The Blues will be better prepared for this do-or-die Game 2. However, the Maroons have the winning formula already. They just need to recreate it on Wednesday night to cause a boil over and win the 2020 State of Origin series.
Cody Walker ($18 – Top Sport) is going to generate plenty of attention in his return to the run-on side for Game 2. He stood out as the Blues most dangerous attacking threat in Game 1, although, some of that will have been due to the role he played outside of the halves. Xavier Coates ($13 – SportsBet) will also command interest as he runs at a Blues left edge that struggled defensively last week. Jack Wighton, in particular, missed seven tackles for just a 52.6% tackle efficiency on the night. As far as the roughies go, Lui’s $101 to score the opener is an enticing prospect following a career-high two tries this season.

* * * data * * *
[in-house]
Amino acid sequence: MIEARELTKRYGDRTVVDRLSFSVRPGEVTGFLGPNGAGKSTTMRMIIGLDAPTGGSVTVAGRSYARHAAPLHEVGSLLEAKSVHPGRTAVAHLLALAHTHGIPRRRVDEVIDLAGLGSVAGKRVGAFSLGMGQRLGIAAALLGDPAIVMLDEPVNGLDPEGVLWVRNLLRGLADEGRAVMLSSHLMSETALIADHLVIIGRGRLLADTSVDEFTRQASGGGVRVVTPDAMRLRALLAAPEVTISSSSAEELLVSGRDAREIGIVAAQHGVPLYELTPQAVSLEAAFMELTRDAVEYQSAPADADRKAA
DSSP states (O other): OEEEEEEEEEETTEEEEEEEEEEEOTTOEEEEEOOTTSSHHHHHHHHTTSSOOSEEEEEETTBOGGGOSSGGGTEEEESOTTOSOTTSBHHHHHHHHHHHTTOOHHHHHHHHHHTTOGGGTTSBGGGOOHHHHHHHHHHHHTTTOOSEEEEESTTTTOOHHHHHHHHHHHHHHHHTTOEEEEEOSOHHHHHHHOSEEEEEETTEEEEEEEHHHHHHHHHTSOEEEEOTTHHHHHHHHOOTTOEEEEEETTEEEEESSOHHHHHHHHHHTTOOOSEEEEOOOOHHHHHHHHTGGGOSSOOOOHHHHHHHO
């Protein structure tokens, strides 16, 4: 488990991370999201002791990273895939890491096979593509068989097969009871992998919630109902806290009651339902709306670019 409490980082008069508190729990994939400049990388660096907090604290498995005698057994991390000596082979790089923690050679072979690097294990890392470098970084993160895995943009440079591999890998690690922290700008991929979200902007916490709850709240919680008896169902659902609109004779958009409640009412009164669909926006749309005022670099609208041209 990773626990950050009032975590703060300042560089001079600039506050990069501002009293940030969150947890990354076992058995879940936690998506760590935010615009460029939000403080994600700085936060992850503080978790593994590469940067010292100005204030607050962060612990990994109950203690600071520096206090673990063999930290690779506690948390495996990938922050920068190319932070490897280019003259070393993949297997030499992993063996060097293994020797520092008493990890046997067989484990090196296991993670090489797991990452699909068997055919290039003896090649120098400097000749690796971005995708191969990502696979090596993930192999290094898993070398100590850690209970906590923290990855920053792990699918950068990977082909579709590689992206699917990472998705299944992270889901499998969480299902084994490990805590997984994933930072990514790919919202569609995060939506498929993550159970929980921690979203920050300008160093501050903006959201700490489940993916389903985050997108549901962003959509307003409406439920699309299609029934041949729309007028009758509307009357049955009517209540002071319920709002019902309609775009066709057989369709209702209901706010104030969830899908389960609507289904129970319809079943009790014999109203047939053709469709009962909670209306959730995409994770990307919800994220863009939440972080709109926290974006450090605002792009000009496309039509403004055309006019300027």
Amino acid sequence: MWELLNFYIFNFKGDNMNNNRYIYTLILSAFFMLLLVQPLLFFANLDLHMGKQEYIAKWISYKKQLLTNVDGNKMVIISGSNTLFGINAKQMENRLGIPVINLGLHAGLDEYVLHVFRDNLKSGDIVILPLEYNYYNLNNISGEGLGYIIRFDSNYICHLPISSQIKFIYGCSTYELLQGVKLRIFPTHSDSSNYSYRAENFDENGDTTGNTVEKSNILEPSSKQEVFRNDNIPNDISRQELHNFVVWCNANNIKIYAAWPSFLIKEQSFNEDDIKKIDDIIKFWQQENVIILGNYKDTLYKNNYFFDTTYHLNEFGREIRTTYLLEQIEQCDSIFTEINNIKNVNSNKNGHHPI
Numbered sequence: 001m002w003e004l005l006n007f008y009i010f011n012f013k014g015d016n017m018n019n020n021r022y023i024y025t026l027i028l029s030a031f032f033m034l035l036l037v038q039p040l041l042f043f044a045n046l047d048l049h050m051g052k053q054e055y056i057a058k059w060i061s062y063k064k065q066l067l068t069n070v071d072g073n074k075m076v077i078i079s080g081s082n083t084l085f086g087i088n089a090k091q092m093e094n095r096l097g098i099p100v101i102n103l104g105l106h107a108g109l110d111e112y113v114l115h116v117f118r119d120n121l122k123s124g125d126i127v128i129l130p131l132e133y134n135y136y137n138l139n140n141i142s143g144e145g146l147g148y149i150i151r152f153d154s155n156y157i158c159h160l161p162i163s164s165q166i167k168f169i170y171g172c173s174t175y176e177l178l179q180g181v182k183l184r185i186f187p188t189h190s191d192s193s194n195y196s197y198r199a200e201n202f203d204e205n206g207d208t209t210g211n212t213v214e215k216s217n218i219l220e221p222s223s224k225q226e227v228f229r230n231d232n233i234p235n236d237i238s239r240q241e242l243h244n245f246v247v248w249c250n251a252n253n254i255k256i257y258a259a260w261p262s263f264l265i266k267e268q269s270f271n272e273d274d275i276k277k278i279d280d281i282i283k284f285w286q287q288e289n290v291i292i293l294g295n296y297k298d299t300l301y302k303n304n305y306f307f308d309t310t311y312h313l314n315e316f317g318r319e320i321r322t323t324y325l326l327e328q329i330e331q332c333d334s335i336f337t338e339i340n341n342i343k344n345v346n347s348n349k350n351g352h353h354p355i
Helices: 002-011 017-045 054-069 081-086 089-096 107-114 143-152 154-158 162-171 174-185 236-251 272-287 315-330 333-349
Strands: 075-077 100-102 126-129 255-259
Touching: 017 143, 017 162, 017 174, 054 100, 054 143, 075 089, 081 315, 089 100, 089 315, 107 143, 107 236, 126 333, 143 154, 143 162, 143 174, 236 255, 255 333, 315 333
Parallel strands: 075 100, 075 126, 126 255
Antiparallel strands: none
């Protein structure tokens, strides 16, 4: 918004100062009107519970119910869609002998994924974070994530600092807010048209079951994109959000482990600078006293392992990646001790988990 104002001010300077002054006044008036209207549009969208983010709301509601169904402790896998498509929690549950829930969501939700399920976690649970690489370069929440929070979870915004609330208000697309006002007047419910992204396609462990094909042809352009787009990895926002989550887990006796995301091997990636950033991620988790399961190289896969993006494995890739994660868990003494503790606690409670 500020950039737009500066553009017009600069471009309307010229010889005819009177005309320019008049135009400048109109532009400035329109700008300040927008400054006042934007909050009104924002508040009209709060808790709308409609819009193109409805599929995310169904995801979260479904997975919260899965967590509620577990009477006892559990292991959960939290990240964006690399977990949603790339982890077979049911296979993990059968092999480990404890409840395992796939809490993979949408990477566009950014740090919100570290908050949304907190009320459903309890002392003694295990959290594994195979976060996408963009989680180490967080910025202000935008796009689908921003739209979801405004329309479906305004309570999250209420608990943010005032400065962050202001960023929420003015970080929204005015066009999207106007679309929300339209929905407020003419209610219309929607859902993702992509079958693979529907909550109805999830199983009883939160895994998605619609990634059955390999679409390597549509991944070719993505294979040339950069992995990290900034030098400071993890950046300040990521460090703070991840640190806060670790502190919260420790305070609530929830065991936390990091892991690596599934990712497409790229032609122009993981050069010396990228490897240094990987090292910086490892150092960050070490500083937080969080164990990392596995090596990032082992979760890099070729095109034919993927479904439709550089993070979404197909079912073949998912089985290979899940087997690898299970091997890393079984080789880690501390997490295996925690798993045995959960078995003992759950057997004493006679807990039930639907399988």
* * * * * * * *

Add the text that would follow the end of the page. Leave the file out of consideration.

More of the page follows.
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Daly Cherry-Evans ($12 – TopSport) managed to snare the Man of the Match award in Game 1 and is at $12 to do the same in Game 2. Perhaps a product of leading the Maroons in running metres (164m) rather than being the best player on the field, Cherry-Evans will need to do something special to wrap up the award again on Wednesday. Like last week, a Blues contingent makes up the favourites. James Tedesco ($5.50 – TopSport) would likely have ended up as the Man of the Match in Game 1 had his side finished on top. He was at his destructive best for 300 metres and six tackle breaks and is the favourite for Game 2.